Odysseus is faced with many temptations throughout his journey, and every now and then it seems easier for him to surrender to the temptations that taunt him. For me, it’s also tempting to give up to my emotions, or to give in to negative ways to cope with how I feel. A lot of times I do submit to whatever phase I am in and I let my unstable emotions take over my life. When I’m in my depressive phase, it’s easy to just not do work and stay unmotivated. I rationalize that being in my manic phase is helpful to me because I get things done and I’m more social in that phase. Many times I’ve been tempted to turn to poisonous groups of friends to relieve or magnify whatever phase I’m in. In both of my phases, I can be extremely impulsive, which is a huge temptation I have to try and counter with rationalization (which doesn’t always work).
The main antagonist I have in my journey to maintain steadiness over my emotions is myself. I am a very stubborn, independent, and defensive person. At first, it took me a while to convince myself that I needed help to deal with my emotions because I am very reluctant to ask people for help. I always do this thing where I bury my feelings deep inside of me and never show it to people because I don’t want them to lose sleep over me. Most of the time I try to deal with my problems on my own and try not to involve anyone else in the problematic side of my life. My stubbornness and pride gets in the way of fixing my problems, much like how Odysseus had ran into problems because of his stubbornness and pride.
Even though there are a lot of things holding me back from achieving my goal of creating balance in my life, I possess a lot of things that help and support me while on this journey. Like Odysseus, I have people who support me and somewhat admirable traits that aid me while I am in a tough position.
I have a lot of qualities that counter my stubborn, independent, and defensive traits. When it comes to the things that I want to accomplish and the goals I have, I am very determined to get them done. Much like how Odysseus always put everything he had into his goals and was determined to get home, I work very hard whenever I really want something. I also have a lot of integrity when it comes to how I am. I am very honest with myself and with the people around me, so usually I am able to recognize when something is wrong with me, the reason for why I feel that way, and why I need to fix whatever problem I am having. Because I have a good amount of integrity about myself, I also know that whenever I’m in distress I know I should ask for help and do therapeutic, healthy things instead of turning to other means of relieving my stress and agitation.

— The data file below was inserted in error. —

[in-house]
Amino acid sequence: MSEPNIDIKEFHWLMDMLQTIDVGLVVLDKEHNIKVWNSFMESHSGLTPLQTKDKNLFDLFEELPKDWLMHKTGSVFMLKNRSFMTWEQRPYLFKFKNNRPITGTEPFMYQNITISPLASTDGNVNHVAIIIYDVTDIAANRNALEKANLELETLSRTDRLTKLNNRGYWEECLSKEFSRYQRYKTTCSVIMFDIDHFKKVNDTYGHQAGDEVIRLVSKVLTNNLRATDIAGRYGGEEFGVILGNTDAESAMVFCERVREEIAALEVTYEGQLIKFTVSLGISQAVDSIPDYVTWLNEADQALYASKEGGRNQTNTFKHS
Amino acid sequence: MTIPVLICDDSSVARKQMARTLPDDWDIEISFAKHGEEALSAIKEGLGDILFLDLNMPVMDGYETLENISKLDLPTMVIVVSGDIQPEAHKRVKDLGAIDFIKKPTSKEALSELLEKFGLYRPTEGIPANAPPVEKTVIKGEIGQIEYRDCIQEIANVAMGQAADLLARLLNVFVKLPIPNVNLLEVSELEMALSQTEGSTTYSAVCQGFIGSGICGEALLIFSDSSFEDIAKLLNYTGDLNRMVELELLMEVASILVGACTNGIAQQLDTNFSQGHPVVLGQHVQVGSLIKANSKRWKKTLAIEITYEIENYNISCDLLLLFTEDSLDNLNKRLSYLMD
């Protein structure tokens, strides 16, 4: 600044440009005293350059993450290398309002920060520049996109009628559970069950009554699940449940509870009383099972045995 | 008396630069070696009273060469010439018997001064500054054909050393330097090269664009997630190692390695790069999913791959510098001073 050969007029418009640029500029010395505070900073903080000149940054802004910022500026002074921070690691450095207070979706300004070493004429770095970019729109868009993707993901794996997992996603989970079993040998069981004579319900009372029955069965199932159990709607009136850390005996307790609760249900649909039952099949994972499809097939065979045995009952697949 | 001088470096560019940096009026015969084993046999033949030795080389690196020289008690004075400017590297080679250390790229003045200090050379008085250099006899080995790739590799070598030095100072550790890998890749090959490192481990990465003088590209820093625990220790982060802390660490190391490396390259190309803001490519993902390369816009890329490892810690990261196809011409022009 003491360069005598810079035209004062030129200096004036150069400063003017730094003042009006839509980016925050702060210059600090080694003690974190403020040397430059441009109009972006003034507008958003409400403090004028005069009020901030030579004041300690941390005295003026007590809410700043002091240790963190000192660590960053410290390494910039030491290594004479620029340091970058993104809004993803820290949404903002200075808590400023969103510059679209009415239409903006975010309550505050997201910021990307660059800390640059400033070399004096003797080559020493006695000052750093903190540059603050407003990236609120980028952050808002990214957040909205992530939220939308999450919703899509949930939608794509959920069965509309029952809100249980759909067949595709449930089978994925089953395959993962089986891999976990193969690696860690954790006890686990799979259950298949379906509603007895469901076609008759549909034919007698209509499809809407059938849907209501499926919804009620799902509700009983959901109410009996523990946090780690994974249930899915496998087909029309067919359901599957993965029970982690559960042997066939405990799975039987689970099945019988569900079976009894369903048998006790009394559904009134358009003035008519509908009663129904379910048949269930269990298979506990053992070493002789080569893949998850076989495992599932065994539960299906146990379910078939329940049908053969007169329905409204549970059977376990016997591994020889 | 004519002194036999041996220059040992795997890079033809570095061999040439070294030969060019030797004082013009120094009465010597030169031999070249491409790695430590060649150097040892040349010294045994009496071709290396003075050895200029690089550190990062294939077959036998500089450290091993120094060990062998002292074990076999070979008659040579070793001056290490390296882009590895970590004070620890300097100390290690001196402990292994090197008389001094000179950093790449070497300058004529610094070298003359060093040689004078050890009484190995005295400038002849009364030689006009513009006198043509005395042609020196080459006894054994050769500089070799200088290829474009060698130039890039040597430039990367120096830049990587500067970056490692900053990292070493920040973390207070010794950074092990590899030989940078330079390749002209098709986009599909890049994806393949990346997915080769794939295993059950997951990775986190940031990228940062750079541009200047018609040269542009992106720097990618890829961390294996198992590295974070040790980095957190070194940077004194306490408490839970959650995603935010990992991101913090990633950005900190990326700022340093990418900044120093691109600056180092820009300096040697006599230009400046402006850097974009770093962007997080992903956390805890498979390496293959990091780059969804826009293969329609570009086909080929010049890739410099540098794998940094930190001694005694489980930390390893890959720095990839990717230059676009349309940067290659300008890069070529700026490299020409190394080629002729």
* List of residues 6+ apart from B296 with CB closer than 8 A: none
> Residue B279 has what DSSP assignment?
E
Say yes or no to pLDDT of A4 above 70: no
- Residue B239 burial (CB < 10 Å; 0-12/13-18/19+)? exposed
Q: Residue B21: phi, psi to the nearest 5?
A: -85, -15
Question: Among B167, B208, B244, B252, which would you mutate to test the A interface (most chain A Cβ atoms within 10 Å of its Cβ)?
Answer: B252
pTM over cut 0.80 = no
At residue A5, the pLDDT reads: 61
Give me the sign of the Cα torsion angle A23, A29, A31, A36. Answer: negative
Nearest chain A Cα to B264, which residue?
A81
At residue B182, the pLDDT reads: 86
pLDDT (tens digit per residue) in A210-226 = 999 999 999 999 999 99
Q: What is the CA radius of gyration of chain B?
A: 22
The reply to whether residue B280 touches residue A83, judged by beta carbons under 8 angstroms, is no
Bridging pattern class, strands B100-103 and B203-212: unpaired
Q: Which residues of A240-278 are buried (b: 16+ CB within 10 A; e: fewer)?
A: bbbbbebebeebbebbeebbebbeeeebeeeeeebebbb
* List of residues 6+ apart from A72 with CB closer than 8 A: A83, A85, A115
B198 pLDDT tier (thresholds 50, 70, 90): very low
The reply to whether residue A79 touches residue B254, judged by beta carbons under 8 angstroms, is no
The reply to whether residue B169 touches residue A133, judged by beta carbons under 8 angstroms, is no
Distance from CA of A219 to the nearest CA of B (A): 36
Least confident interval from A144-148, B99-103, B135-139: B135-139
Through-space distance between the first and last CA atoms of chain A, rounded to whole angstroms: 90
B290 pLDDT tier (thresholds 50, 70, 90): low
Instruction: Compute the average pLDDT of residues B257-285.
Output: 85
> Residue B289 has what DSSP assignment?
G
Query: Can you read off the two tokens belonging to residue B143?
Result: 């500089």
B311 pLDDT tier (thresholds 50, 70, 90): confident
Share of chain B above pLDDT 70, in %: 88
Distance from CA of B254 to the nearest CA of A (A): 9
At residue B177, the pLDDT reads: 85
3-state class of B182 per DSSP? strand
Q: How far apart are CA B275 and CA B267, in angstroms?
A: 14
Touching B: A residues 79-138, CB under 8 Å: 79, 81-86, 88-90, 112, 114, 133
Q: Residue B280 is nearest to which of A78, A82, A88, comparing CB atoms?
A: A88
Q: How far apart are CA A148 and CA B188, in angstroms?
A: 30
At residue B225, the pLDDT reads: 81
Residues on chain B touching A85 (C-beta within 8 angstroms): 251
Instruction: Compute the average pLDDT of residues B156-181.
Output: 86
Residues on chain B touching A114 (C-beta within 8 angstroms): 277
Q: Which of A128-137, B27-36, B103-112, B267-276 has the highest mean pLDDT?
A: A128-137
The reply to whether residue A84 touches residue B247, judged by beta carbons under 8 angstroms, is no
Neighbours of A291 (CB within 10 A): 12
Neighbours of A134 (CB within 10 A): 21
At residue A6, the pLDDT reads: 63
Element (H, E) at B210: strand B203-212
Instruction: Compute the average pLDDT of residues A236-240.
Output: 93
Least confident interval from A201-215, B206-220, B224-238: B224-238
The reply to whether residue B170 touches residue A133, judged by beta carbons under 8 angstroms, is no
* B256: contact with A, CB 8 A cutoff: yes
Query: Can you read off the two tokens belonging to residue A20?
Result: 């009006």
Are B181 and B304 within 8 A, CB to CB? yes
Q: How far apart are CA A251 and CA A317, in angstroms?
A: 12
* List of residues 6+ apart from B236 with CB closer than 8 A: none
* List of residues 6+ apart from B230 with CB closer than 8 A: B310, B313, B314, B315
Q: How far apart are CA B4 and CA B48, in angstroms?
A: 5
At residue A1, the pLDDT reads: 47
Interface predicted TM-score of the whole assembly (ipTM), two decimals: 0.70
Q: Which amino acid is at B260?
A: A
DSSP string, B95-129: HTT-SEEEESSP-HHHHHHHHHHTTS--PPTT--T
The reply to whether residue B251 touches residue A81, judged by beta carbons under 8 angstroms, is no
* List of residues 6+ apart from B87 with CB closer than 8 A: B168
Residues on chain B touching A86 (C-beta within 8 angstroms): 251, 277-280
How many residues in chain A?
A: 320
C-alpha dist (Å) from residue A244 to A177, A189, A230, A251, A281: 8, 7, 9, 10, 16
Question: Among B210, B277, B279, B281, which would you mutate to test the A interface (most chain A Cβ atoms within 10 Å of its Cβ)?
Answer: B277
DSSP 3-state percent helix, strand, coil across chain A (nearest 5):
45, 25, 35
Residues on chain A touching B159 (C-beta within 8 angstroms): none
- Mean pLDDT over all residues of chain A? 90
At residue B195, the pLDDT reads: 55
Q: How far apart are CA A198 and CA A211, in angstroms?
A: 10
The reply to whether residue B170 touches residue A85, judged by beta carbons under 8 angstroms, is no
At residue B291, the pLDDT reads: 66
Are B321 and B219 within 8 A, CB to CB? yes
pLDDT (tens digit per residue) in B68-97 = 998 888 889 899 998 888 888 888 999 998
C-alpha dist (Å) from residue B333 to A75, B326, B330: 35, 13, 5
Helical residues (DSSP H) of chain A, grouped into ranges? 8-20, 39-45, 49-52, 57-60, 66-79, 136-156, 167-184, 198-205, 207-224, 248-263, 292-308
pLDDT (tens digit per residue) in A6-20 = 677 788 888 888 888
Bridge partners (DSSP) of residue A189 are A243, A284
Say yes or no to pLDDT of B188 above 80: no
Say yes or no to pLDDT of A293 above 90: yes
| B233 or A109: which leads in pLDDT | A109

Another thing that helps me along my journey is the people who support me. My doctors and therapists are supportive of me and try to do the best they can with diagnosing and helping me treat my mental disorders. My friends are also extremely supportive and understanding of my struggles, and try to help me in any way they can. A lot of times I use my friends members as a way to vent about my feelings, and they always offer their sympathy and advice and guidance. My family is also very supportive of me. At first they didn’t really want to believe anything was wrong with me, but after being diagnosed and medicated, they try to help me and know how to handle me in my different phases and how to make sure I stay sane and happy.